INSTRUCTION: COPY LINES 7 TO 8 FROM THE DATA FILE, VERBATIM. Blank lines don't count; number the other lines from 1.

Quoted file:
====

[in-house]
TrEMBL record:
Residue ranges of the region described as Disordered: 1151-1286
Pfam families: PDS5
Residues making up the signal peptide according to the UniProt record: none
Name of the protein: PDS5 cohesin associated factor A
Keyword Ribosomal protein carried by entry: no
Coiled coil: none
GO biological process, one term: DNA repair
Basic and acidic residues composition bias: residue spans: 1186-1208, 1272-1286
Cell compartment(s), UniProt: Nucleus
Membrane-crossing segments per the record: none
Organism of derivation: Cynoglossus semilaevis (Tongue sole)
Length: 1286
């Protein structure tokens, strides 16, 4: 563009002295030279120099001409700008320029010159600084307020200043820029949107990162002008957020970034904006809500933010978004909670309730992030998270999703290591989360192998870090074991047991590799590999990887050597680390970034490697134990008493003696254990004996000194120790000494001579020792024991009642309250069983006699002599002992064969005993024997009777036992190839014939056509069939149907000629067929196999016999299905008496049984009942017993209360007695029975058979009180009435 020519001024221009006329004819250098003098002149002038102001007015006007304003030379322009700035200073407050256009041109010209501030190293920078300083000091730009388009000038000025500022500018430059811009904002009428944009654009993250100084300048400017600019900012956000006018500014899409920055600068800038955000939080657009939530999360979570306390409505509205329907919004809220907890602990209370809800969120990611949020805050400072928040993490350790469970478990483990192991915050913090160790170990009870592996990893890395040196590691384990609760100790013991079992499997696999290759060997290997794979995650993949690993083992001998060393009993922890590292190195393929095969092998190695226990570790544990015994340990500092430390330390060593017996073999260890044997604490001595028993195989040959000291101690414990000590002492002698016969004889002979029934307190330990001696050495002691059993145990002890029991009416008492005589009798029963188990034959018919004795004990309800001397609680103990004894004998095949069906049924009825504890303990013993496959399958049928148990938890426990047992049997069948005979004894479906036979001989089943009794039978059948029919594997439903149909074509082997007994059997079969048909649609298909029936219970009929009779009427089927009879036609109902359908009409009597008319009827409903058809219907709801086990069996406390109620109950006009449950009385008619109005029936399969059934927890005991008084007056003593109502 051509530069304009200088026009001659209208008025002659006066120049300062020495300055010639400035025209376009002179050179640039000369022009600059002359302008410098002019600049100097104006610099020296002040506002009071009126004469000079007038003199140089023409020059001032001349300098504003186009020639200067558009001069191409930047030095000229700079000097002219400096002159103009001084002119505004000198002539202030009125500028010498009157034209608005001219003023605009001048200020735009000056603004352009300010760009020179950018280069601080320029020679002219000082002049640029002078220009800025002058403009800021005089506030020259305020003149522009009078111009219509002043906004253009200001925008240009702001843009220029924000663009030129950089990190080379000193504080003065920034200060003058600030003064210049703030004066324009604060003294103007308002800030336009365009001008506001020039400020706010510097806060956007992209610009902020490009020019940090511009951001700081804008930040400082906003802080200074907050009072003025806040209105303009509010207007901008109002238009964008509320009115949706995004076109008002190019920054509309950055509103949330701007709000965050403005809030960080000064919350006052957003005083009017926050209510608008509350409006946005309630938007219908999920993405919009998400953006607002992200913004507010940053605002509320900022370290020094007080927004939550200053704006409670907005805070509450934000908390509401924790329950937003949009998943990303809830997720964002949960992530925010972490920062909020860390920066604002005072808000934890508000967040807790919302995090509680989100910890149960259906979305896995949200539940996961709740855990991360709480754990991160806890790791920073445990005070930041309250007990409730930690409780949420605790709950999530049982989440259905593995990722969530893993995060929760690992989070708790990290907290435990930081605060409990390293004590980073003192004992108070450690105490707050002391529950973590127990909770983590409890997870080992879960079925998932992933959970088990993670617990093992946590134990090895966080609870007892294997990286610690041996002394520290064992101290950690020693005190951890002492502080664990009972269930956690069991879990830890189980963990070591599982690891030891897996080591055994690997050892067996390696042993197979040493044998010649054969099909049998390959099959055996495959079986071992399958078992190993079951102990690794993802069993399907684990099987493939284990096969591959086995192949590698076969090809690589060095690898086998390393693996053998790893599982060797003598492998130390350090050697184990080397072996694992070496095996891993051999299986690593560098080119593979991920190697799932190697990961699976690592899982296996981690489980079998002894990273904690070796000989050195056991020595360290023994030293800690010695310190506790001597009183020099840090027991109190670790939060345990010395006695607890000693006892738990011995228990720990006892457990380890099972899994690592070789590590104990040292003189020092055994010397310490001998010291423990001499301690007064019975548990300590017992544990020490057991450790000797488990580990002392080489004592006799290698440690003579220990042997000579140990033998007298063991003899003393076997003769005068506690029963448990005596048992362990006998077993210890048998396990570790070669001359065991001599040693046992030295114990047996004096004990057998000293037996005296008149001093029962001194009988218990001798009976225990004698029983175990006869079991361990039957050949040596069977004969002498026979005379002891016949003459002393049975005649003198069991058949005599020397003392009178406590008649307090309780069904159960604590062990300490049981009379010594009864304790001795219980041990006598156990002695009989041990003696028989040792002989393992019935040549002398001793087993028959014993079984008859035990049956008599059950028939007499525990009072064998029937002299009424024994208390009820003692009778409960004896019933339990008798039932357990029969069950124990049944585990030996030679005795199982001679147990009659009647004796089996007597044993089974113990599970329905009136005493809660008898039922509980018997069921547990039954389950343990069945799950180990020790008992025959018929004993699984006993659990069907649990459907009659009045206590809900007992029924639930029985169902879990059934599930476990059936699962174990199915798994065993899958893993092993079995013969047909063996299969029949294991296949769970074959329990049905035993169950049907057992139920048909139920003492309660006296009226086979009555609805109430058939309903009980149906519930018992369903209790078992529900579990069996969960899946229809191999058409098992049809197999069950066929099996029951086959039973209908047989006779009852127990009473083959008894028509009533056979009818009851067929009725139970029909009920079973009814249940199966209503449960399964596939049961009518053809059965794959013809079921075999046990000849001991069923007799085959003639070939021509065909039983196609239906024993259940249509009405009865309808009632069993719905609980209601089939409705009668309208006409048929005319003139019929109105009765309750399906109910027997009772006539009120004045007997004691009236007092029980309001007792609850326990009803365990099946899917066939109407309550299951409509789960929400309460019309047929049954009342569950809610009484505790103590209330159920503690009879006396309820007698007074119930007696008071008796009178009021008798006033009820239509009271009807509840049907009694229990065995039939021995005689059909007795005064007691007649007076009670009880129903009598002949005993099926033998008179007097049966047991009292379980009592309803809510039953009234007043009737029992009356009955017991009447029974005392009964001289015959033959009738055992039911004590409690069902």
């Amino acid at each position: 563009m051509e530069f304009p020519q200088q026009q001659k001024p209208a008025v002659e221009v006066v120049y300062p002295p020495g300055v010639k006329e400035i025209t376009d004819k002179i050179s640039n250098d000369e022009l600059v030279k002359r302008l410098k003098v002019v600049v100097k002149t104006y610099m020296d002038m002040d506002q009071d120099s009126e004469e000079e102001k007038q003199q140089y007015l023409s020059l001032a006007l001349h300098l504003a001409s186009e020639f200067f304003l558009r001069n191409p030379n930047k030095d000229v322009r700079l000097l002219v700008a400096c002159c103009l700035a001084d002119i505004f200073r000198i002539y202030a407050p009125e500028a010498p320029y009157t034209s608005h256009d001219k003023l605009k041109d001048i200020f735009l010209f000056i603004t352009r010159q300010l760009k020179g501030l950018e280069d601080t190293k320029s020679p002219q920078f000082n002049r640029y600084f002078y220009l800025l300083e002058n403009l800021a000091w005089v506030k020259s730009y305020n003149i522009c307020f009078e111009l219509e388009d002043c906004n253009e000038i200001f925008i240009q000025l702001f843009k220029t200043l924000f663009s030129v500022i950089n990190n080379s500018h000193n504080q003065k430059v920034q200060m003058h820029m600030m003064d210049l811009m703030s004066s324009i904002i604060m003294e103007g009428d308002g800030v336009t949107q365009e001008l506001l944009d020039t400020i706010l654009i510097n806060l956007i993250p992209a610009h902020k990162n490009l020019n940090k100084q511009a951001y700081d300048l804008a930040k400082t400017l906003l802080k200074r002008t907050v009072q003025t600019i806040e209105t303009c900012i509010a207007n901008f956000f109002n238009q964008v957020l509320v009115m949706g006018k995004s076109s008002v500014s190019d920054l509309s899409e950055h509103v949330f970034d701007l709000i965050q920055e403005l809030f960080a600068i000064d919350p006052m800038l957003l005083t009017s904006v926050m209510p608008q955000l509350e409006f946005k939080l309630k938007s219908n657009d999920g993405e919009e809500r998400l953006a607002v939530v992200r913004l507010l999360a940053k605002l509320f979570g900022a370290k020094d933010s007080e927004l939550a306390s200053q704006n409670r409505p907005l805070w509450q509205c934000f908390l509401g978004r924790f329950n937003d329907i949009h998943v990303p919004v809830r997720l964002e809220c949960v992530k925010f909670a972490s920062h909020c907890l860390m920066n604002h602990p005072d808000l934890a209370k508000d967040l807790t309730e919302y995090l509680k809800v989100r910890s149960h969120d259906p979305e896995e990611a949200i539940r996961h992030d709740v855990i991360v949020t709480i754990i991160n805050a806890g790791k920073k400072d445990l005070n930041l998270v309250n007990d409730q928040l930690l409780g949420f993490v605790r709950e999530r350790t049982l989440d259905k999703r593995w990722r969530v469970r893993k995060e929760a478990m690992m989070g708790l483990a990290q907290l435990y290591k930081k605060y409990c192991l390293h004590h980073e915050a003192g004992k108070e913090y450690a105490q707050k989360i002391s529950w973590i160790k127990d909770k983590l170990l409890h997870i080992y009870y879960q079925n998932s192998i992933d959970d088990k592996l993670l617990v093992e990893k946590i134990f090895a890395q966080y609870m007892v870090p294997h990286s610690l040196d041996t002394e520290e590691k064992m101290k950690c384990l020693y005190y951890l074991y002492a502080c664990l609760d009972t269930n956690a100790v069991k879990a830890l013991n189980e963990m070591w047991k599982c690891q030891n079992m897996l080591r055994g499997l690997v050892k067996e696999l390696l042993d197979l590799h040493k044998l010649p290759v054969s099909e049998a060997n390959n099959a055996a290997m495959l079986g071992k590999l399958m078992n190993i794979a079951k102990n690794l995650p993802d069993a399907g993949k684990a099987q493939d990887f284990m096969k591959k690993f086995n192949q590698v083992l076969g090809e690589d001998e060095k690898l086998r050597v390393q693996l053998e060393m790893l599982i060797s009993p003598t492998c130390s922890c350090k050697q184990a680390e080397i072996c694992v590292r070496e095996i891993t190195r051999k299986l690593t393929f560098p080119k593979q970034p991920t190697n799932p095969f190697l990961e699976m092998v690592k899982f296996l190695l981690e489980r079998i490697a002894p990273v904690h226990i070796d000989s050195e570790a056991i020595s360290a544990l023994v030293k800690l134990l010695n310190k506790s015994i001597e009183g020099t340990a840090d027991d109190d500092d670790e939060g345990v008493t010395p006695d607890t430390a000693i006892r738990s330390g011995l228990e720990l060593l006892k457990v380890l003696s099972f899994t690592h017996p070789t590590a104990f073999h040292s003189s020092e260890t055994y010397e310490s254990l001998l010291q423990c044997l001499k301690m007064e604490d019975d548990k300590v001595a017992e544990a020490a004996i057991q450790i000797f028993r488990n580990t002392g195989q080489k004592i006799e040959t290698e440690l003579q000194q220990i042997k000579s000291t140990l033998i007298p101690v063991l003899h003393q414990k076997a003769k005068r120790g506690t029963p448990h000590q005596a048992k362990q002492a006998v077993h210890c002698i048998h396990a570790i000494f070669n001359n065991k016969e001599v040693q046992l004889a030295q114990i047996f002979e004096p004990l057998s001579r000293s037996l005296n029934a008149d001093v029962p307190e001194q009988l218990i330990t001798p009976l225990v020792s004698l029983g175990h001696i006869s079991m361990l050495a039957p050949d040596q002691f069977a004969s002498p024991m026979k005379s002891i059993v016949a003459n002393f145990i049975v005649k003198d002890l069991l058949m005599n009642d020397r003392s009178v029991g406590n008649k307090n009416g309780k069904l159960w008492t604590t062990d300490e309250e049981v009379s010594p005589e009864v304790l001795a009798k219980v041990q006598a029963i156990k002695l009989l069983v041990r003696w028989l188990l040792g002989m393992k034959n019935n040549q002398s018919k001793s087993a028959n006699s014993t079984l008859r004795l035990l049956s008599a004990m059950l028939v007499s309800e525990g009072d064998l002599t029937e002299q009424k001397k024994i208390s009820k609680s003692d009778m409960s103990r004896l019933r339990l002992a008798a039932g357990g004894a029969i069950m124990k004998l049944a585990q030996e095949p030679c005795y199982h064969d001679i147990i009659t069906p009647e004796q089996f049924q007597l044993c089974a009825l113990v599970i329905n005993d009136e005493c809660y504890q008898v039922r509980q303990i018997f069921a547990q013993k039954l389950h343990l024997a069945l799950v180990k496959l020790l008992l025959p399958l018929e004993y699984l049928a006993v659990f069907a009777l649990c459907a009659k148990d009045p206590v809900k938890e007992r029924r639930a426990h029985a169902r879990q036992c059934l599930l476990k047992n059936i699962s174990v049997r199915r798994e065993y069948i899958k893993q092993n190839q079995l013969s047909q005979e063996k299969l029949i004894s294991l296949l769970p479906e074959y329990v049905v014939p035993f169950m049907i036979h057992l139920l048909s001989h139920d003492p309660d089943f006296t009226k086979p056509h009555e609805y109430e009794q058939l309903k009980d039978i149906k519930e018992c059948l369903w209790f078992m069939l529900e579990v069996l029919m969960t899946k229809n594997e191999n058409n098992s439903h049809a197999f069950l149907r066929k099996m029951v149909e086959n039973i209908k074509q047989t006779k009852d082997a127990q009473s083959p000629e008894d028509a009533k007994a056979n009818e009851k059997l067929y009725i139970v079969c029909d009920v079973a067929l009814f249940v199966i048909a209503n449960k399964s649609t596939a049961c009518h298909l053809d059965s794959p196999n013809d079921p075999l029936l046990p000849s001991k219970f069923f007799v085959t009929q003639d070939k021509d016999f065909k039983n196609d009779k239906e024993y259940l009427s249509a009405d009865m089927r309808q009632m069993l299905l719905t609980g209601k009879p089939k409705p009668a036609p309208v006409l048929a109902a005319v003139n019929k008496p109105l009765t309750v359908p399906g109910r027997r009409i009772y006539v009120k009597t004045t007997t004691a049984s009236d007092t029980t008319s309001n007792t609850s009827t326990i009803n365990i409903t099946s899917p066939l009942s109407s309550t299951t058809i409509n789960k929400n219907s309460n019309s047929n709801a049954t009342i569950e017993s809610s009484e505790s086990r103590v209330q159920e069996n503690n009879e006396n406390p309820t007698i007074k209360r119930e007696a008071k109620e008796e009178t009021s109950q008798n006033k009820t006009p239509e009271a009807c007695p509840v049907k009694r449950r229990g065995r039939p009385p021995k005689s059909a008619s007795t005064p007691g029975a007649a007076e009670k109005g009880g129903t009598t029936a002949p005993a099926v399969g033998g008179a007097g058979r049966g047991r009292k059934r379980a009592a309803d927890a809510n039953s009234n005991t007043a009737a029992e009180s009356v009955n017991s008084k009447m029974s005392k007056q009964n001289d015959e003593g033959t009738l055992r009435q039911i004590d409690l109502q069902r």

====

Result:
Keyword Ribosomal protein carried by entry: no
Coiled coil: none